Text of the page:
High demand and a dip in production has led to a widespread “avocado crisis” in North America, according to experts.

Sticker shock is affecting the food service industry across Mexico, the U.S. and Canada with prices tripling in the past year, Sylvain Charlebois, a food distribution and policy researcher, told CTVNews.ca

“We’re experiencing an avocado crisis. Hold on to your guacamole,” said Charlebois, who is the director of the Agri-food Analytics Lab at Dalhousie University. “Typically in Canada an avocado is about a buck each. I would dare you to find anything south of $2 right now.”

The price tags aren’t just ticking up in the grocery aisles, but wholesalers and restaurateurs are taking a hit too, said Charlebois. Finding quality avocados that aren’t at a premium price is an increasing challenge for the food service industry. It’s forcing some business owners to make changes to the plate and the menu.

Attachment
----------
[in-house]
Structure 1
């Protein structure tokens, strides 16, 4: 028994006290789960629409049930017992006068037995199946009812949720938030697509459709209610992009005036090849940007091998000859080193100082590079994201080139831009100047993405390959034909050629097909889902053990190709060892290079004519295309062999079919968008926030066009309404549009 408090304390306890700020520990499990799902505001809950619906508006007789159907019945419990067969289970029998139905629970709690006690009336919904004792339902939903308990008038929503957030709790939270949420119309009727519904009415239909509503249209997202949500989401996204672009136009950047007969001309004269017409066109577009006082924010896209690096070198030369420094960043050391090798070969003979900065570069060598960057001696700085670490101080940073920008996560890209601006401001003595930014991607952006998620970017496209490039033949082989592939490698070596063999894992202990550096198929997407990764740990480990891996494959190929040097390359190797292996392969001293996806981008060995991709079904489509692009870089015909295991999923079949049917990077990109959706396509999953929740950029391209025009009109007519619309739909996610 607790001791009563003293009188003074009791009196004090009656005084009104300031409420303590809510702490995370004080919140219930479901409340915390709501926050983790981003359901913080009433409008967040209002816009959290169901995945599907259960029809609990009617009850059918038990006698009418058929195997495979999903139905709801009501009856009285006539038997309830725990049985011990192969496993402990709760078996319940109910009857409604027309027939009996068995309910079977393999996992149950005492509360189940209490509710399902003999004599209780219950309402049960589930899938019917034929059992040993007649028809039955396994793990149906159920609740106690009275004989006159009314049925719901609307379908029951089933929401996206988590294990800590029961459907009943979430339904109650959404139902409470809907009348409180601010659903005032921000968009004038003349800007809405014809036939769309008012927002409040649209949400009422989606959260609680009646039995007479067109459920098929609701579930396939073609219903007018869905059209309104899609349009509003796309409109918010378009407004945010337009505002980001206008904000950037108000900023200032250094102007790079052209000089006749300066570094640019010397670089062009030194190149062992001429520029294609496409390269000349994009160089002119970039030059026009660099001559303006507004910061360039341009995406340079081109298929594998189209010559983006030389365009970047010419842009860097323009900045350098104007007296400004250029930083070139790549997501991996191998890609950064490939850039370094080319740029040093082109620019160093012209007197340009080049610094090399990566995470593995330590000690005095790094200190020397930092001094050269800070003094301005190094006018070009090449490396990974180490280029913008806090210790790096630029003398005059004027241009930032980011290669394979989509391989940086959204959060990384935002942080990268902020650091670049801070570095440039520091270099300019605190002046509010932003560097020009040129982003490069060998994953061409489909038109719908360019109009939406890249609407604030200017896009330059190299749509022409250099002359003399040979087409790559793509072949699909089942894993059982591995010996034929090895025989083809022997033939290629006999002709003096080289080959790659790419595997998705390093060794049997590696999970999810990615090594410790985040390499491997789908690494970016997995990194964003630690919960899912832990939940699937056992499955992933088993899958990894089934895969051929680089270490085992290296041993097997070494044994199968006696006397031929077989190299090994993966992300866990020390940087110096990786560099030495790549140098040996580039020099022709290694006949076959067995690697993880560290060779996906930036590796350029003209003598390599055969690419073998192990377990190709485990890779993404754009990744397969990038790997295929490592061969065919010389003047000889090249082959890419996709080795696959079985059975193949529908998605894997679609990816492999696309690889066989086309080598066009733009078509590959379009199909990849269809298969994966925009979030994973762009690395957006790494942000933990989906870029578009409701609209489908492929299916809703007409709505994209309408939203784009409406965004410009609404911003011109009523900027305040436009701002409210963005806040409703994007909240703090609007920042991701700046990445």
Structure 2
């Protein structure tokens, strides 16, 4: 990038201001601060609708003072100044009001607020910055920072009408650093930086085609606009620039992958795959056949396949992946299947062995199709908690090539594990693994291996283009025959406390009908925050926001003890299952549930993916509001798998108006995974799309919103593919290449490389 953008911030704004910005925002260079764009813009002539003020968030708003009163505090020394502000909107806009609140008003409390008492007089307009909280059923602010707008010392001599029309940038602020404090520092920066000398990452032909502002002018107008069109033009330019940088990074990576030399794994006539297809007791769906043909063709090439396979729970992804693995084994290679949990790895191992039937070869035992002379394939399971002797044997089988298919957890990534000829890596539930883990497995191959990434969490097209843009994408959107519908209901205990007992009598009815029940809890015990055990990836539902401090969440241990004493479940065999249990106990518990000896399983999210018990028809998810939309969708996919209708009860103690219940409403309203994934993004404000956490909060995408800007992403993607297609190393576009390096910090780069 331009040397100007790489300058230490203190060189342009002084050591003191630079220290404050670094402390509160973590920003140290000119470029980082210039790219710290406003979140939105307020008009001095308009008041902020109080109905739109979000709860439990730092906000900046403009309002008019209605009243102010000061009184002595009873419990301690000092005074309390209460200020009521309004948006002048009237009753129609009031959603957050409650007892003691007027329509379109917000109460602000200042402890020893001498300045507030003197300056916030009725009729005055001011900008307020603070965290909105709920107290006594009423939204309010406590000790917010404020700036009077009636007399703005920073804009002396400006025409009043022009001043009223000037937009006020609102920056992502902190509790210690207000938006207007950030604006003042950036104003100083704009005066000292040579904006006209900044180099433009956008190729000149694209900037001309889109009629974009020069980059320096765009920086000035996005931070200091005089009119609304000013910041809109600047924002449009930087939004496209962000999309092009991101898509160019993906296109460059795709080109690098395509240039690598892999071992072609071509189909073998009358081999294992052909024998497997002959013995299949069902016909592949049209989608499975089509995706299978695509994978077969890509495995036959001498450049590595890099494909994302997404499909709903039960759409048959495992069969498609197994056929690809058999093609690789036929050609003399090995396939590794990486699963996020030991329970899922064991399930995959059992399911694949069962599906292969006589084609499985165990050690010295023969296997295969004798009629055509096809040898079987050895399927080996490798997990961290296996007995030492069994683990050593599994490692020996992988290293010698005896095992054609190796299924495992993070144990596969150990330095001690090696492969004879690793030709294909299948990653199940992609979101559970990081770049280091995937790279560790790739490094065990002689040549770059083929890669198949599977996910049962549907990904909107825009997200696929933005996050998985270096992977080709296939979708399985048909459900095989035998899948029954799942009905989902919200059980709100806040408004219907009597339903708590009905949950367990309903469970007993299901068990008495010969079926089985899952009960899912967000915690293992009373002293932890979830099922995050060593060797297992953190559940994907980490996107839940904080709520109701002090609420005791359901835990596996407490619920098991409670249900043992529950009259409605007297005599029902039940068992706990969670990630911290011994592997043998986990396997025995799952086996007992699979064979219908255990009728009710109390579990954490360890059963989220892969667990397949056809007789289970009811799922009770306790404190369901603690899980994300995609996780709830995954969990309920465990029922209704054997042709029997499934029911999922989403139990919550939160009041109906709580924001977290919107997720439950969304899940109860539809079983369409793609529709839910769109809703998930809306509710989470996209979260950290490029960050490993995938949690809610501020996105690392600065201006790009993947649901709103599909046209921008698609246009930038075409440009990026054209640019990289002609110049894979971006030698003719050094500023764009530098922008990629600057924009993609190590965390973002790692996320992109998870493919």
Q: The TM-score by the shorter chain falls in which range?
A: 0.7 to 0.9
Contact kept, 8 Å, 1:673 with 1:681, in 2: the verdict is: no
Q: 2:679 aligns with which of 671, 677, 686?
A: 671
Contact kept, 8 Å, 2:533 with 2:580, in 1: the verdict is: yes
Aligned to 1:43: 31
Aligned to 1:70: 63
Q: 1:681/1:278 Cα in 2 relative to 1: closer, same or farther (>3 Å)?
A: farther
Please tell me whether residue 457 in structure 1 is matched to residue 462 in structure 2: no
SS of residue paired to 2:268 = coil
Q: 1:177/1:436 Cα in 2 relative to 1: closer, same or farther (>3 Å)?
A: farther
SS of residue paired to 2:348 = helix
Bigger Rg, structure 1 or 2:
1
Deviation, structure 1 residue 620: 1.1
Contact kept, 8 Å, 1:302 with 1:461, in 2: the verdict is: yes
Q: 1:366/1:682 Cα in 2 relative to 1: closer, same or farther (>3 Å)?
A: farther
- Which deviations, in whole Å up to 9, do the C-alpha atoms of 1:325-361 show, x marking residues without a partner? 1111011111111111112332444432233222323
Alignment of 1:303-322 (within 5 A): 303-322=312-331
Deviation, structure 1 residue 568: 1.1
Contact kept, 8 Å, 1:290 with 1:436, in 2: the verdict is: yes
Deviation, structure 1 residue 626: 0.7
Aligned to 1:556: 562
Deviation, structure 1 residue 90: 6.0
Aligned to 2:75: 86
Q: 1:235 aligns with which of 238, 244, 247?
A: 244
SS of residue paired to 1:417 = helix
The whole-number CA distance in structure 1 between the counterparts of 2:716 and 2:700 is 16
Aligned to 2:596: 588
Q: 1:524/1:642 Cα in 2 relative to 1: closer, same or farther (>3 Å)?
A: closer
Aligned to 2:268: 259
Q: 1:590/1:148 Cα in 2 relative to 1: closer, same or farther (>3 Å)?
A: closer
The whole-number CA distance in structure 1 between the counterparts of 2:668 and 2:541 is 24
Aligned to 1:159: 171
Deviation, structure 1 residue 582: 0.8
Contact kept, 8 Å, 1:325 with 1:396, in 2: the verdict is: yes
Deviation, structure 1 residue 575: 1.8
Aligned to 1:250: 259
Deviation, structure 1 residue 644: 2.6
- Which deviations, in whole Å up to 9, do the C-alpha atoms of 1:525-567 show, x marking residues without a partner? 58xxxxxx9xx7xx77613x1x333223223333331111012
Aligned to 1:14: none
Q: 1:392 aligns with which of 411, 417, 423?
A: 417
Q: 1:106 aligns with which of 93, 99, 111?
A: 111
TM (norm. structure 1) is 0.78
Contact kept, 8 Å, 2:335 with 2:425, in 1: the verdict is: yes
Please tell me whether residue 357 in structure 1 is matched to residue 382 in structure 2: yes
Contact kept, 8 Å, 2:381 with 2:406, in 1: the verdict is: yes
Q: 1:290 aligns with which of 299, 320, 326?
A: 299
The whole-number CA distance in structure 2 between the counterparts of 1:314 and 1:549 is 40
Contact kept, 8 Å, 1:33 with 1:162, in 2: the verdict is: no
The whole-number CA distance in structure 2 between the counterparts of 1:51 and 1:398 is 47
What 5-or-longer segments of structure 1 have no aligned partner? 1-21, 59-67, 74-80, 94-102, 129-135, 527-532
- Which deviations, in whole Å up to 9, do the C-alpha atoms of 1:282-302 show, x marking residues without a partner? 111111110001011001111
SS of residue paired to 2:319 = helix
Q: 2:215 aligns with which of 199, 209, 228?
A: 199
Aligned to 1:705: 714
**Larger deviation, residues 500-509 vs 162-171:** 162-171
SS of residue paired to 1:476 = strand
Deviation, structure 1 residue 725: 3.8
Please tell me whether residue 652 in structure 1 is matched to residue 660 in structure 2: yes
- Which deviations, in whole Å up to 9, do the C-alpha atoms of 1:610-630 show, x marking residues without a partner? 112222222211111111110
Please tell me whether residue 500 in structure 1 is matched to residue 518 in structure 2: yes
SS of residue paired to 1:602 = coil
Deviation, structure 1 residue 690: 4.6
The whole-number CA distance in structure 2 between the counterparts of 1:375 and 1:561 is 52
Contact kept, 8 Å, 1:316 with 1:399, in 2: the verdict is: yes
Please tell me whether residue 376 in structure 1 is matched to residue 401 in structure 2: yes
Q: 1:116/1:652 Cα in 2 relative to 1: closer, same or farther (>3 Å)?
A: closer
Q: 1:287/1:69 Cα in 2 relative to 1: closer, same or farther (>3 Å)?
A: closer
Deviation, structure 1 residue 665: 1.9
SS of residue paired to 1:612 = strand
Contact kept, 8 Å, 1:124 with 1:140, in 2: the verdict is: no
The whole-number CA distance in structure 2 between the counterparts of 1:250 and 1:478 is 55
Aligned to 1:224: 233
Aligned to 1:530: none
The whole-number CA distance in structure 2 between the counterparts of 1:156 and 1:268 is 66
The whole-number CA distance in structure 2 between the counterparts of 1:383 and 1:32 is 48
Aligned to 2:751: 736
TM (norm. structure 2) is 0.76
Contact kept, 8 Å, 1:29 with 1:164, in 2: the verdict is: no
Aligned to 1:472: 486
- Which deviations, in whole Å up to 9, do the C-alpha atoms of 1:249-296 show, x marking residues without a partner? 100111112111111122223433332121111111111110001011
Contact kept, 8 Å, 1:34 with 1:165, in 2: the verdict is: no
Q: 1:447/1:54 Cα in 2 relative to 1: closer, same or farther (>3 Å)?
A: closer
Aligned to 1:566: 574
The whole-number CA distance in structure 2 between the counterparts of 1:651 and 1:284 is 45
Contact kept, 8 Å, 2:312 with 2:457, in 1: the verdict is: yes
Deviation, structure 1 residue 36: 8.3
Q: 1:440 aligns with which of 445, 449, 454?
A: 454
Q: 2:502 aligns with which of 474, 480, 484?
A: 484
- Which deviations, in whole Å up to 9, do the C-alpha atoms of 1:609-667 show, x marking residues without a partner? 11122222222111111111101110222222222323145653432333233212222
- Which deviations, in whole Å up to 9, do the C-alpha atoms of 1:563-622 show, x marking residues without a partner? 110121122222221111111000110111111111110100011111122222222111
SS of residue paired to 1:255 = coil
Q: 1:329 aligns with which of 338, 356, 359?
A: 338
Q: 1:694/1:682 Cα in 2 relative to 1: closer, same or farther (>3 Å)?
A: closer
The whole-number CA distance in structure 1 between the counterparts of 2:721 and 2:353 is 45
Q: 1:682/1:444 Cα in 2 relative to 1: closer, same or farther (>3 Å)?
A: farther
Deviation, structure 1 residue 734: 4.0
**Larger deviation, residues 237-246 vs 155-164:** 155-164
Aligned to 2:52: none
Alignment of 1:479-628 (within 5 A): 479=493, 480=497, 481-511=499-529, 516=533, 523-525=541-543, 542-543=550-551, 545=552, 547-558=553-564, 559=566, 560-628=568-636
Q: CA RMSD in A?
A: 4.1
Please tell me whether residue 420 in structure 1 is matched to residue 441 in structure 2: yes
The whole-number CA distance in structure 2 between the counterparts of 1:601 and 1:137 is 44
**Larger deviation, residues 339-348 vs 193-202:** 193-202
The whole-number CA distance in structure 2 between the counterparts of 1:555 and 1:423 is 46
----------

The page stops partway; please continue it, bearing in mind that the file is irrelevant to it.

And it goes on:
“Sometimes the food service industry will pass on the extra cost to consumers,” he said. “Or if you’re serving nachos you may go heavy on the sour cream and salsa sauce instead of providing guacamole.”

Some taquerias in Mexico City have even reportedly started serving “fake guacamole,” using a Mexican squash instead of an avocado.

Though the cost may be steep now, Charlebois is hopeful the popular green “superfood” will get more affordable by the fall. Production dips in Mexico, combined with increasing export numbers, are partly to blame, he said.

“We are expecting things to go back to normal as Mexico ramps up its production in the fall,” he said. “Canadians should continue to expect to pay more for avocados until probably September or October.”